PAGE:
“I was bitten twice on my left thigh by the adult but fortunately managed to get away before more damage could be done. The injuries were so severe I went to A & E at Neville Hall Hospital and had to attend our local GP surgery every three days to have the wounds cleaned and dressed. It was just awful.”

Following a criminal trial into the incident three months ago, it was ruled that the dog involved should be destroyed while the owner was fined after pleading guilty to allowing the animal to be dangerous and out of control.

However, Caroline has been unable to gain justice over the incident as the defendant does not have any financial assets or insurance which would allow her to gain compensation for her physical and psychological injuries.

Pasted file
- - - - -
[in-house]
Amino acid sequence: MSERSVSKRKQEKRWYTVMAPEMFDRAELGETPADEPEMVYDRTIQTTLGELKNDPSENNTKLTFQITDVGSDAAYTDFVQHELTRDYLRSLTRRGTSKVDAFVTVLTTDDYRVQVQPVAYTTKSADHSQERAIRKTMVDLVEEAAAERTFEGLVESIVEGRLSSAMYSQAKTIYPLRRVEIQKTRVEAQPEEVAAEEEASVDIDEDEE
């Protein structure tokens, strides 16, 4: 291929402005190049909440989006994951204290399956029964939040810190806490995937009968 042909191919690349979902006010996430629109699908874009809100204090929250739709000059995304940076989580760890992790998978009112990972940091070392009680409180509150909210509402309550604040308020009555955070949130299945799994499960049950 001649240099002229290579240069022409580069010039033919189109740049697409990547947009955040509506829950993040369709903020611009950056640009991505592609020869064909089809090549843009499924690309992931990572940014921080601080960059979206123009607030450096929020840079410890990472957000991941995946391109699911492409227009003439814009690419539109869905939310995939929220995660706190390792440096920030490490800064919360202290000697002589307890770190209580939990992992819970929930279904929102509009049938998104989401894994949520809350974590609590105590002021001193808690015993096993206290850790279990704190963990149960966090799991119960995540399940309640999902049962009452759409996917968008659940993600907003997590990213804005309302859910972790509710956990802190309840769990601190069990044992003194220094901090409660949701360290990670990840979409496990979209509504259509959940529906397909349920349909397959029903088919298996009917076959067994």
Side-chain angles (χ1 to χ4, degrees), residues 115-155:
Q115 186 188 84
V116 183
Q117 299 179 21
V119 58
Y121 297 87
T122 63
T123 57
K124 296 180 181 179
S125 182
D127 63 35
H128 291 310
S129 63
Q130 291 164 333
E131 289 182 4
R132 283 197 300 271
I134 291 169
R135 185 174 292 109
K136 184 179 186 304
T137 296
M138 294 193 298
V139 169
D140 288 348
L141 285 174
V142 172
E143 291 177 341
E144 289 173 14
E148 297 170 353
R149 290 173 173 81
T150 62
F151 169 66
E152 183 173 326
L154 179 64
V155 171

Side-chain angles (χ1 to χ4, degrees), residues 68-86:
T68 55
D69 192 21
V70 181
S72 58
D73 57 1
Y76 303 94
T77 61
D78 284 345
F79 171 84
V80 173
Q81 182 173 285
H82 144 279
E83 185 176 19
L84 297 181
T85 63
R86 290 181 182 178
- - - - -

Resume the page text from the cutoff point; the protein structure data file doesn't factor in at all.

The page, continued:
Caroline said: “It has been difficult for me to get on with my life following the attack – we no longer walk down our drive as the memories of the incident remain so fresh and vivid. I’m also terrified whenever I see or hear dogs.

“Despite the impact this has had on me, the fact that current legislation means I cannot gain justice over this makes me feel as if my voice has not been heard.

“I am happy that steps are being taken to address some of the issues around this, but am shocked that compulsory insurance for owners has not been considered in all of this.

“All of the measures seem so focused on holding irresponsible owners to account that the impact attacks have on victims and their need for support seem to have just been ignored. This is not good enough and more must be done.”

Read more about Irwin Mitchell's expertise in relation to Dog Bite Claims